🚨 If your dog seems severely ill and is vomiting, seizing, or losing consciousness, take them to the nearest vet immediately.

What to do if your dog is overheated

If your dog has symptoms of heat exhaustion or heatstroke, you need to take the following actions:

Get them inside — First, remove your dog from the hot environment immediately. 

Help them hydrate — Give your pup water and place a wet towel soaked in cold water on their back. 

⚠️ Don’t give them freezing water or ice cubes — cooling too quickly can be just as dangerous as heat exhaustion itself.

Take your dog’s temperature — Use a rectal thermometer to get their internal temperature. If your dog’s temperature exceeds 103 degrees Fahrenheit after trying to cool them, or their symptoms don’t start improving immediately, take them to the veterinarian.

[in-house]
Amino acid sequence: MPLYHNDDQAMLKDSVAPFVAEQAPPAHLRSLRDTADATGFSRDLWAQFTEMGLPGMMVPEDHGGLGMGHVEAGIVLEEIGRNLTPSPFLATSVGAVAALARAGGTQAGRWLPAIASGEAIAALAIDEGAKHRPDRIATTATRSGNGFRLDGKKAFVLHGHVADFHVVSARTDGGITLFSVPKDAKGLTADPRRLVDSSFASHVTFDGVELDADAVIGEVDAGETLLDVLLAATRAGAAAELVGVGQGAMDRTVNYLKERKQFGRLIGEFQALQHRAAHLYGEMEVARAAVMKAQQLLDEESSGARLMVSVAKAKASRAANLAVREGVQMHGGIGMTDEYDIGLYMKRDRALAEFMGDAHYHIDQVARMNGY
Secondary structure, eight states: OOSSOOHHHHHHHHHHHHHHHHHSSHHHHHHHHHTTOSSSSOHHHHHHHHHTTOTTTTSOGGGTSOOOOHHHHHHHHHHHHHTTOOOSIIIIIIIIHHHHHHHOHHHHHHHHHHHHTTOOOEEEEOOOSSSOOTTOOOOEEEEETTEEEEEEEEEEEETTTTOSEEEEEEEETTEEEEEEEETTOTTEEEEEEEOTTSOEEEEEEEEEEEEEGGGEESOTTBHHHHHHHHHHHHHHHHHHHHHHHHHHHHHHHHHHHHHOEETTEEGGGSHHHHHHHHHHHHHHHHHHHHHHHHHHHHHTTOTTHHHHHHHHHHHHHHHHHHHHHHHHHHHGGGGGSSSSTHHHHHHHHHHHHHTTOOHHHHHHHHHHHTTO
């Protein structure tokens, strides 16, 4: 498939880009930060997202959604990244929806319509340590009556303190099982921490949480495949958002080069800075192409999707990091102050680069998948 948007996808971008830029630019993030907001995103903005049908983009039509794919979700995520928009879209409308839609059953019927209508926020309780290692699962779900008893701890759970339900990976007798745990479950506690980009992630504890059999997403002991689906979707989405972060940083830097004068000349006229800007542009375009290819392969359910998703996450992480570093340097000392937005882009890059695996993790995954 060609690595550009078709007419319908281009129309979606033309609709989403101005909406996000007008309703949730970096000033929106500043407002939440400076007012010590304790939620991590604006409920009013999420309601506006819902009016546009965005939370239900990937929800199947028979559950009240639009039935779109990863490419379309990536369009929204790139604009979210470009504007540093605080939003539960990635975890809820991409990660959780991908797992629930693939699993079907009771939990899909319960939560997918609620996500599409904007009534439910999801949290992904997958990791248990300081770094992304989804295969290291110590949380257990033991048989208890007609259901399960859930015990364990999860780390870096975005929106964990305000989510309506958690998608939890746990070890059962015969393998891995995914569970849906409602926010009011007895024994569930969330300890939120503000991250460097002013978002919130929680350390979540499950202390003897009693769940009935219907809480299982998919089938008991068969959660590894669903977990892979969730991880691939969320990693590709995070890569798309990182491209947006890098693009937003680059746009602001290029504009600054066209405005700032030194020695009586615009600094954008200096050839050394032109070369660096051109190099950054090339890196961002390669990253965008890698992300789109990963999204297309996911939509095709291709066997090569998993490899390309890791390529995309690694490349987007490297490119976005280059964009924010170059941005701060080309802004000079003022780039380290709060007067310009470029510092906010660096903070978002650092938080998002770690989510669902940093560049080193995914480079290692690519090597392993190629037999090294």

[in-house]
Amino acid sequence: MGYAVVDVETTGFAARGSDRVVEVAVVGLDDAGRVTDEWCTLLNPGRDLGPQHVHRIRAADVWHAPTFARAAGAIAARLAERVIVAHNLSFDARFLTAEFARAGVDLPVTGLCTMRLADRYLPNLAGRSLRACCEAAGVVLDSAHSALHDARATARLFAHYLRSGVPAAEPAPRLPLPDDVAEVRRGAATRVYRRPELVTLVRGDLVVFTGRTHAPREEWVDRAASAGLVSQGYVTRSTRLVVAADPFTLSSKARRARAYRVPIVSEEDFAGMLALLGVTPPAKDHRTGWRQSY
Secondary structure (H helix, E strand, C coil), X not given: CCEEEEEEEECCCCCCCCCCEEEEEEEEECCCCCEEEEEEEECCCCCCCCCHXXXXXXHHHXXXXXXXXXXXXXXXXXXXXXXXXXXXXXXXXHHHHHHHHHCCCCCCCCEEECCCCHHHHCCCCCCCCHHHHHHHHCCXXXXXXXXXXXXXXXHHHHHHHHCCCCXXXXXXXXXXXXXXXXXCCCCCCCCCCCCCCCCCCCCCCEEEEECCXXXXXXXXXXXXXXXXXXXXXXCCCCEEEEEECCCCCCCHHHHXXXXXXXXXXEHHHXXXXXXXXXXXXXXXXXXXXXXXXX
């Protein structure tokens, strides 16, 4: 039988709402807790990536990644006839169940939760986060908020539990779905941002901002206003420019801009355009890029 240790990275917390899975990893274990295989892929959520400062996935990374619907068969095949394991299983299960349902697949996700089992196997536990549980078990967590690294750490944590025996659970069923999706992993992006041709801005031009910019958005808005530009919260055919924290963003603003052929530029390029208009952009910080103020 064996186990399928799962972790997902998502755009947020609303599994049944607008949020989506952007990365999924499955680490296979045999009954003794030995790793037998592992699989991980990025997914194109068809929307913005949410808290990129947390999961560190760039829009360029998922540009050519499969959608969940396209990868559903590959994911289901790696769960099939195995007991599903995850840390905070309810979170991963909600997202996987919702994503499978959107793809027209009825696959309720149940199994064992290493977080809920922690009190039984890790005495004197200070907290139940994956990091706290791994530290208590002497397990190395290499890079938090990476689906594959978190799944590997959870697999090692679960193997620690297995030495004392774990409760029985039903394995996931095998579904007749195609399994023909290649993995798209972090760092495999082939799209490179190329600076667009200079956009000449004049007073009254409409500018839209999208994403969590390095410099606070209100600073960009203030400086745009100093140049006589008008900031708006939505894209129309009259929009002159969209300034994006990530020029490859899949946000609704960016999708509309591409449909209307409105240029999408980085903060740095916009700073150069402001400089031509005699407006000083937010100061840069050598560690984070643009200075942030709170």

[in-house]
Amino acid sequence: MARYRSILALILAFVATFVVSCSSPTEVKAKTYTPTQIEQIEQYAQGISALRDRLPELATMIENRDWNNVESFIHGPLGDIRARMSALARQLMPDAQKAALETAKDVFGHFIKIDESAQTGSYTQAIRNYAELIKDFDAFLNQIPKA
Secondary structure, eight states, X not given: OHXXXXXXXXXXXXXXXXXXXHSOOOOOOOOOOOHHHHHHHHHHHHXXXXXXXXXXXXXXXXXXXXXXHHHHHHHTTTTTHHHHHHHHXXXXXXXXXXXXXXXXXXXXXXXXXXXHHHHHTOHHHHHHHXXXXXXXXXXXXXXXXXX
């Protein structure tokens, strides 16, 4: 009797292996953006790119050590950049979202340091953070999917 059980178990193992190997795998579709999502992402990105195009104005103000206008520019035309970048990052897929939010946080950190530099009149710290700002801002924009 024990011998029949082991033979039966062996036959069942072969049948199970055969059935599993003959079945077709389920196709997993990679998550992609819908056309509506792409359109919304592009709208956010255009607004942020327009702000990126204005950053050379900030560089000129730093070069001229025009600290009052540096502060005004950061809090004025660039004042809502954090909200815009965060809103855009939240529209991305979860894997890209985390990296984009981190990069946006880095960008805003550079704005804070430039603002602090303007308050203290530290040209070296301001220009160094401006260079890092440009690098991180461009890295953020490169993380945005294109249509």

What body temperature is a sign of heatstroke?

Using a rectal thermometer, you can evaluate the severity of your dog’s condition. If your dog’s body temperature is under 102.5 degrees Fahrenheit, get your pup some water and keep them inside in a cool area. The normal temperature range for a dog is 99.5-102.5 degrees Fahrenheit.

If your dog’s temperature is between 102.5 degrees Fahrenheit and 104 degrees Fahrenheit, be very cautious and attentive. They haven’t quite reached the point of heatstroke, but they’re still in danger of serious health issues. Get them cooled down immediately.

If their temperature is above 104 degrees Fahrenheit, you should take your dog to the nearest vet to prevent lasting damage or death.

What causes heatstroke in dogs?

Dogs regulate their body temperature by breathing and panting. They don’t have sweat glands like humans do. When a dog pants, the airflow over their tongue helps cool them down. At high temperatures, these temperature-regulating processes don’t work as well, and heat exhaustion can set in quickly.

Risk factors for heatstroke

  • High temperatures
  • Humidity